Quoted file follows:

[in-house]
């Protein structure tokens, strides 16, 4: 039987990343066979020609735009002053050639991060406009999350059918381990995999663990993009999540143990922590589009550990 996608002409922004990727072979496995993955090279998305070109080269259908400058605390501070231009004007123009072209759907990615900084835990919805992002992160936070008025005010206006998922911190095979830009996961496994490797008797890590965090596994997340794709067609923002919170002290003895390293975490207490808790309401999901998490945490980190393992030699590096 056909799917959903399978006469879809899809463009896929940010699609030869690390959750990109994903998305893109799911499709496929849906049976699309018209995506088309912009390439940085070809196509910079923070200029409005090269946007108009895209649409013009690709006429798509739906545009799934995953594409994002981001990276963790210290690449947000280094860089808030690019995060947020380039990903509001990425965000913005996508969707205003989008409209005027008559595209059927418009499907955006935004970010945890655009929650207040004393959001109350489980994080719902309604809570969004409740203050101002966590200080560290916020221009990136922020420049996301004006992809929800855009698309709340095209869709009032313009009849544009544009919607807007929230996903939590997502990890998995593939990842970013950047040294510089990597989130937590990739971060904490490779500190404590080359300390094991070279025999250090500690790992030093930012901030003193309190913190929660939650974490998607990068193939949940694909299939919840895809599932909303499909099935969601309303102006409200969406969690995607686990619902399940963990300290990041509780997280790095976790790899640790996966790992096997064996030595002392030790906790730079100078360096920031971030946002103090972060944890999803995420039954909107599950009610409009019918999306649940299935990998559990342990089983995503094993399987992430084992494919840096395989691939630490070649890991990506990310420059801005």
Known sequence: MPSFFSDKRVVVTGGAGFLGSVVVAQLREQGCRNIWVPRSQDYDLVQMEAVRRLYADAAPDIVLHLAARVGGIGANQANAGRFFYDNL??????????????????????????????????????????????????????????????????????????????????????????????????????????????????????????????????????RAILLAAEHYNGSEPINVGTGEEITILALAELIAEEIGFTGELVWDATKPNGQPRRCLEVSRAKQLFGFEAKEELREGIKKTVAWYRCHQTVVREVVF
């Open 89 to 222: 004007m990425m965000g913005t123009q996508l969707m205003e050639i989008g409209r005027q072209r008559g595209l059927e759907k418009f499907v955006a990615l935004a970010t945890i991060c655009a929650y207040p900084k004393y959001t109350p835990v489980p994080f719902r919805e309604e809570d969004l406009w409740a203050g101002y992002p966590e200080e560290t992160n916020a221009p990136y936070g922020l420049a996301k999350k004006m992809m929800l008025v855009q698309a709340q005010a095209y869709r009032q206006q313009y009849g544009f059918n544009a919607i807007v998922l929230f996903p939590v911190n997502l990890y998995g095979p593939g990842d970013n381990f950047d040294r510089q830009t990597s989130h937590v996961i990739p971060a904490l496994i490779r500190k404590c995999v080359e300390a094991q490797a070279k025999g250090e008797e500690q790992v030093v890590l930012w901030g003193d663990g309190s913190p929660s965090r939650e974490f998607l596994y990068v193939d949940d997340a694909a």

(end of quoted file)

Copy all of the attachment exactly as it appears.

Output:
[in-house]
């Protein structure tokens, strides 16, 4: 039987990343066979020609735009002053050639991060406009999350059918381990995999663990993009999540143990922590589009550990 996608002409922004990727072979496995993955090279998305070109080269259908400058605390501070231009004007123009072209759907990615900084835990919805992002992160936070008025005010206006998922911190095979830009996961496994490797008797890590965090596994997340794709067609923002919170002290003895390293975490207490808790309401999901998490945490980190393992030699590096 056909799917959903399978006469879809899809463009896929940010699609030869690390959750990109994903998305893109799911499709496929849906049976699309018209995506088309912009390439940085070809196509910079923070200029409005090269946007108009895209649409013009690709006429798509739906545009799934995953594409994002981001990276963790210290690449947000280094860089808030690019995060947020380039990903509001990425965000913005996508969707205003989008409209005027008559595209059927418009499907955006935004970010945890655009929650207040004393959001109350489980994080719902309604809570969004409740203050101002966590200080560290916020221009990136922020420049996301004006992809929800855009698309709340095209869709009032313009009849544009544009919607807007929230996903939590997502990890998995593939990842970013950047040294510089990597989130937590990739971060904490490779500190404590080359300390094991070279025999250090500690790992030093930012901030003193309190913190929660939650974490998607990068193939949940694909299939919840895809599932909303499909099935969601309303102006409200969406969690995607686990619902399940963990300290990041509780997280790095976790790899640790996966790992096997064996030595002392030790906790730079100078360096920031971030946002103090972060944890999803995420039954909107599950009610409009019918999306649940299935990998559990342990089983995503094993399987992430084992494919840096395989691939630490070649890991990506990310420059801005």
Known sequence: MPSFFSDKRVVVTGGAGFLGSVVVAQLREQGCRNIWVPRSQDYDLVQMEAVRRLYADAAPDIVLHLAARVGGIGANQANAGRFFYDNL??????????????????????????????????????????????????????????????????????????????????????????????????????????????????????????????????????RAILLAAEHYNGSEPINVGTGEEITILALAELIAEEIGFTGELVWDATKPNGQPRRCLEVSRAKQLFGFEAKEELREGIKKTVAWYRCHQTVVREVVF
């Open 89 to 222: 004007m990425m965000g913005t123009q996508l969707m205003e050639i989008g409209r005027q072209r008559g595209l059927e759907k418009f499907v955006a990615l935004a970010t945890i991060c655009a929650y207040p900084k004393y959001t109350p835990v489980p994080f719902r919805e309604e809570d969004l406009w409740a203050g101002y992002p966590e200080e560290t992160n916020a221009p990136y936070g922020l420049a996301k999350k004006m992809m929800l008025v855009q698309a709340q005010a095209y869709r009032q206006q313009y009849g544009f059918n544009a919607i807007v998922l929230f996903p939590v911190n997502l990890y998995g095979p593939g990842d970013n381990f950047d040294r510089q830009t990597s989130h937590v996961i990739p971060a904490l496994i490779r500190k404590c995999v080359e300390a094991q490797a070279k025999g250090e008797e500690q790992v030093v890590l930012w901030g003193d663990g309190s913190p929660s965090r939650e974490f998607l596994y990068v193939d949940d997340a694909a």